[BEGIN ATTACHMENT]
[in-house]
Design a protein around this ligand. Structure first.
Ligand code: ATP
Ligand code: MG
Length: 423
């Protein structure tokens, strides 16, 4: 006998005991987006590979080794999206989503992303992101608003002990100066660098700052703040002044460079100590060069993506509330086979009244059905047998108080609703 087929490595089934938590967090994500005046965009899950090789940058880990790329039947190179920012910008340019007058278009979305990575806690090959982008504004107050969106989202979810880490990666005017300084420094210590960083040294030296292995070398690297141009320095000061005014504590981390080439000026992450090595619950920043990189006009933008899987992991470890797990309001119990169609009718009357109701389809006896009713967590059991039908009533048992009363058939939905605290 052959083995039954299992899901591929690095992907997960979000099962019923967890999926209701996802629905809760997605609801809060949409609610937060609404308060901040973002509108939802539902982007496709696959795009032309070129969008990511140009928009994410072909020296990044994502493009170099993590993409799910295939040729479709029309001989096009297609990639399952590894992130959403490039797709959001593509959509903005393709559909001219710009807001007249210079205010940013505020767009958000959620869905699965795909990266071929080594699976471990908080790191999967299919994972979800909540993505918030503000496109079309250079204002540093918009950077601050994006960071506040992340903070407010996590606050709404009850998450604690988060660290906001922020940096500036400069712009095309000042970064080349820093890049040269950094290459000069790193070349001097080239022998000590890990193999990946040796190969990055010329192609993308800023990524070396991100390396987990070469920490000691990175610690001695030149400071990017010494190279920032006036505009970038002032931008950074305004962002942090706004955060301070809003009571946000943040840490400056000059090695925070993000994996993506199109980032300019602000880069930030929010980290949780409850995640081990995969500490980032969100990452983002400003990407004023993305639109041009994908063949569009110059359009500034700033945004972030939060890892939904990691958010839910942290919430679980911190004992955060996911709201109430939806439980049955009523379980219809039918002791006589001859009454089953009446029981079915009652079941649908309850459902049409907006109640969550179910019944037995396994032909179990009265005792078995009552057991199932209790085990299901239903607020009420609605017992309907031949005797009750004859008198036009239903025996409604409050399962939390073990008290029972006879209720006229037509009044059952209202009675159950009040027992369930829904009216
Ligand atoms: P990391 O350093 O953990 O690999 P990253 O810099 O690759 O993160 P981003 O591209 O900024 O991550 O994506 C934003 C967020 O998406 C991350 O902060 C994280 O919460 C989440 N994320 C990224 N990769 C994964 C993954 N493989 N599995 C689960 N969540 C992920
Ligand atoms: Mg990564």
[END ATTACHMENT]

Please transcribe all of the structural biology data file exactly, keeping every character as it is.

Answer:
[in-house]
Design a protein around this ligand. Structure first.
Ligand code: ATP
Ligand code: MG
Length: 423
């Protein structure tokens, strides 16, 4: 006998005991987006590979080794999206989503992303992101608003002990100066660098700052703040002044460079100590060069993506509330086979009244059905047998108080609703 087929490595089934938590967090994500005046965009899950090789940058880990790329039947190179920012910008340019007058278009979305990575806690090959982008504004107050969106989202979810880490990666005017300084420094210590960083040294030296292995070398690297141009320095000061005014504590981390080439000026992450090595619950920043990189006009933008899987992991470890797990309001119990169609009718009357109701389809006896009713967590059991039908009533048992009363058939939905605290 052959083995039954299992899901591929690095992907997960979000099962019923967890999926209701996802629905809760997605609801809060949409609610937060609404308060901040973002509108939802539902982007496709696959795009032309070129969008990511140009928009994410072909020296990044994502493009170099993590993409799910295939040729479709029309001989096009297609990639399952590894992130959403490039797709959001593509959509903005393709559909001219710009807001007249210079205010940013505020767009958000959620869905699965795909990266071929080594699976471990908080790191999967299919994972979800909540993505918030503000496109079309250079204002540093918009950077601050994006960071506040992340903070407010996590606050709404009850998450604690988060660290906001922020940096500036400069712009095309000042970064080349820093890049040269950094290459000069790193070349001097080239022998000590890990193999990946040796190969990055010329192609993308800023990524070396991100390396987990070469920490000691990175610690001695030149400071990017010494190279920032006036505009970038002032931008950074305004962002942090706004955060301070809003009571946000943040840490400056000059090695925070993000994996993506199109980032300019602000880069930030929010980290949780409850995640081990995969500490980032969100990452983002400003990407004023993305639109041009994908063949569009110059359009500034700033945004972030939060890892939904990691958010839910942290919430679980911190004992955060996911709201109430939806439980049955009523379980219809039918002791006589001859009454089953009446029981079915009652079941649908309850459902049409907006109640969550179910019944037995396994032909179990009265005792078995009552057991199932209790085990299901239903607020009420609605017992309907031949005797009750004859008198036009239903025996409604409050399962939390073990008290029972006879209720006229037509009044059952209202009675159950009040027992369930829904009216
Ligand atoms: P990391 O350093 O953990 O690999 P990253 O810099 O690759 O993160 P981003 O591209 O900024 O991550 O994506 C934003 C967020 O998406 C991350 O902060 C994280 O919460 C989440 N994320 C990224 N990769 C994964 C993954 N493989 N599995 C689960 N969540 C992920
Ligand atoms: Mg990564």